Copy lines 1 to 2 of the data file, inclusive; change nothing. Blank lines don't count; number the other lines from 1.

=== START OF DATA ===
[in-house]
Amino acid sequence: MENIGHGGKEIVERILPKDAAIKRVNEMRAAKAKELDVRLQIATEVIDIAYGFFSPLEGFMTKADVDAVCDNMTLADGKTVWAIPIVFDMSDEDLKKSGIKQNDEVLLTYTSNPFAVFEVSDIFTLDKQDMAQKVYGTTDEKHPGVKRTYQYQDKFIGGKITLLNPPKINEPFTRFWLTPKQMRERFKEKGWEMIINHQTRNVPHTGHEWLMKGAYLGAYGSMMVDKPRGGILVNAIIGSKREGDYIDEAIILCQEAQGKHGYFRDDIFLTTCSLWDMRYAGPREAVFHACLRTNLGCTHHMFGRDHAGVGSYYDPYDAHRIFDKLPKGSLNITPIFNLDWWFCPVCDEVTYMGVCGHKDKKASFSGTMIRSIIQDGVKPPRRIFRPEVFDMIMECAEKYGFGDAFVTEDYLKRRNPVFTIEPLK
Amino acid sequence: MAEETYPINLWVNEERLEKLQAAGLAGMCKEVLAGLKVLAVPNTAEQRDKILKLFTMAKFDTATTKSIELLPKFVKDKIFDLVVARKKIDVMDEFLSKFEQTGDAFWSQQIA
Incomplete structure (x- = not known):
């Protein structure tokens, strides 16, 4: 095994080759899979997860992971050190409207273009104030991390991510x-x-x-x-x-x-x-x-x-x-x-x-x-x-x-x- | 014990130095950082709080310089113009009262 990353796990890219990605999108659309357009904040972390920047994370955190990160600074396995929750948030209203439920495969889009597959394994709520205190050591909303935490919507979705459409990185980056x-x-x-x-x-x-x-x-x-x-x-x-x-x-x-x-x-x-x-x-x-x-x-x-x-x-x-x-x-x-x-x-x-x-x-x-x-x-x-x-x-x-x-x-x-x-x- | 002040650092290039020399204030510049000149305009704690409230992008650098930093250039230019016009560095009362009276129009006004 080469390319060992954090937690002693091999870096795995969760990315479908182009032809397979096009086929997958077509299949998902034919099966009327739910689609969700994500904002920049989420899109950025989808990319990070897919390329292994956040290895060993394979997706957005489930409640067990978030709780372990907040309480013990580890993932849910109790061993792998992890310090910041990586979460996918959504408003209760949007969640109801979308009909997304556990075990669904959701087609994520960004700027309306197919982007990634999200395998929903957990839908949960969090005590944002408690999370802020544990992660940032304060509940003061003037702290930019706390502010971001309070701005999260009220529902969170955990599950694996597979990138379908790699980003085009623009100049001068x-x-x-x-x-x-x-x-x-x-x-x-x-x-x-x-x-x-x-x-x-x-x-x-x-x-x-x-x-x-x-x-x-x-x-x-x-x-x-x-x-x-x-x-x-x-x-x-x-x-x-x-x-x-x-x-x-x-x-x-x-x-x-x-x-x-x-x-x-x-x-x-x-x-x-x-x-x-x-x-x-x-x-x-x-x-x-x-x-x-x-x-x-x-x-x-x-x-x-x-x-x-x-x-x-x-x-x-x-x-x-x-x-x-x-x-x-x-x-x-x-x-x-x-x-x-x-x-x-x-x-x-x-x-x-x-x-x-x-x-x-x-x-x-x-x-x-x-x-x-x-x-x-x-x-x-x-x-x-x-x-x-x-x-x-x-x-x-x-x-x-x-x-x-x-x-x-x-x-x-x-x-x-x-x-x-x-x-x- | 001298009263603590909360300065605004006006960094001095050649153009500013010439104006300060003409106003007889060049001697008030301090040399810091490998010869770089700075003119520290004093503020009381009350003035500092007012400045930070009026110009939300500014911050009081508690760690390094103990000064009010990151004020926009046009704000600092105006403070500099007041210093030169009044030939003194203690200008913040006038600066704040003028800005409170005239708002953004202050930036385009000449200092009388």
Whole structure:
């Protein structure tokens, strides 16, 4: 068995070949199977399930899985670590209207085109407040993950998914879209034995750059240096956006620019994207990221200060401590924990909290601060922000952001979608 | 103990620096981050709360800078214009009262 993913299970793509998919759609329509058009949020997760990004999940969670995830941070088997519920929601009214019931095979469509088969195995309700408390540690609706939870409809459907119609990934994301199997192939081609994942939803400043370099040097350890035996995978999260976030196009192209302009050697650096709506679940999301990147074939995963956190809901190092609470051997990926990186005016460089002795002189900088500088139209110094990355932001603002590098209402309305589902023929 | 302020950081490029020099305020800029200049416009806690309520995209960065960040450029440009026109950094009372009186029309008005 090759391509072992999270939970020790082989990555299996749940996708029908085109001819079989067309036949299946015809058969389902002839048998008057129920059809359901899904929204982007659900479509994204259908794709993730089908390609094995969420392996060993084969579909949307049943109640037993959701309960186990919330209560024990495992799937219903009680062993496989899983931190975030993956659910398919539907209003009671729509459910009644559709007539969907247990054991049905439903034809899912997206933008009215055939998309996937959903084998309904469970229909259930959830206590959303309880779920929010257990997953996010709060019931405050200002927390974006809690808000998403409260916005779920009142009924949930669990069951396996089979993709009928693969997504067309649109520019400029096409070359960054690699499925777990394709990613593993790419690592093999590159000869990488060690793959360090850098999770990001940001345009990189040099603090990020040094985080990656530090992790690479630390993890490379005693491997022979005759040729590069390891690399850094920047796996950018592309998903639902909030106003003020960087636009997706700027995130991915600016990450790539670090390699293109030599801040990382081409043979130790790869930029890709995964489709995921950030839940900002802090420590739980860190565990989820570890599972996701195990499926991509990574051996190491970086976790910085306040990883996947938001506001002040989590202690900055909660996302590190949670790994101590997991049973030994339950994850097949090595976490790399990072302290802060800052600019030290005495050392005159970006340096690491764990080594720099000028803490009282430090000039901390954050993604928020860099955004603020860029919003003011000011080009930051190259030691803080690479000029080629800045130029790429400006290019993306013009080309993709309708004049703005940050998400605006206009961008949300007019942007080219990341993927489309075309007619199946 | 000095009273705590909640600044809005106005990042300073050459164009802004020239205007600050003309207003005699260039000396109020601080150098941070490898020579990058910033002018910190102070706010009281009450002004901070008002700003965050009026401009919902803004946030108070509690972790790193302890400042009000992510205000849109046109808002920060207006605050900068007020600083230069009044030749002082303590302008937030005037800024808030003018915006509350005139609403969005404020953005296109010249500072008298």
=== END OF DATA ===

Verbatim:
[in-house]
Amino acid sequence: MENIGHGGKEIVERILPKDAAIKRVNEMRAAKAKELDVRLQIATEVIDIAYGFFSPLEGFMTKADVDAVCDNMTLADGKTVWAIPIVFDMSDEDLKKSGIKQNDEVLLTYTSNPFAVFEVSDIFTLDKQDMAQKVYGTTDEKHPGVKRTYQYQDKFIGGKITLLNPPKINEPFTRFWLTPKQMRERFKEKGWEMIINHQTRNVPHTGHEWLMKGAYLGAYGSMMVDKPRGGILVNAIIGSKREGDYIDEAIILCQEAQGKHGYFRDDIFLTTCSLWDMRYAGPREAVFHACLRTNLGCTHHMFGRDHAGVGSYYDPYDAHRIFDKLPKGSLNITPIFNLDWWFCPVCDEVTYMGVCGHKDKKASFSGTMIRSIIQDGVKPPRRIFRPEVFDMIMECAEKYGFGDAFVTEDYLKRRNPVFTIEPLK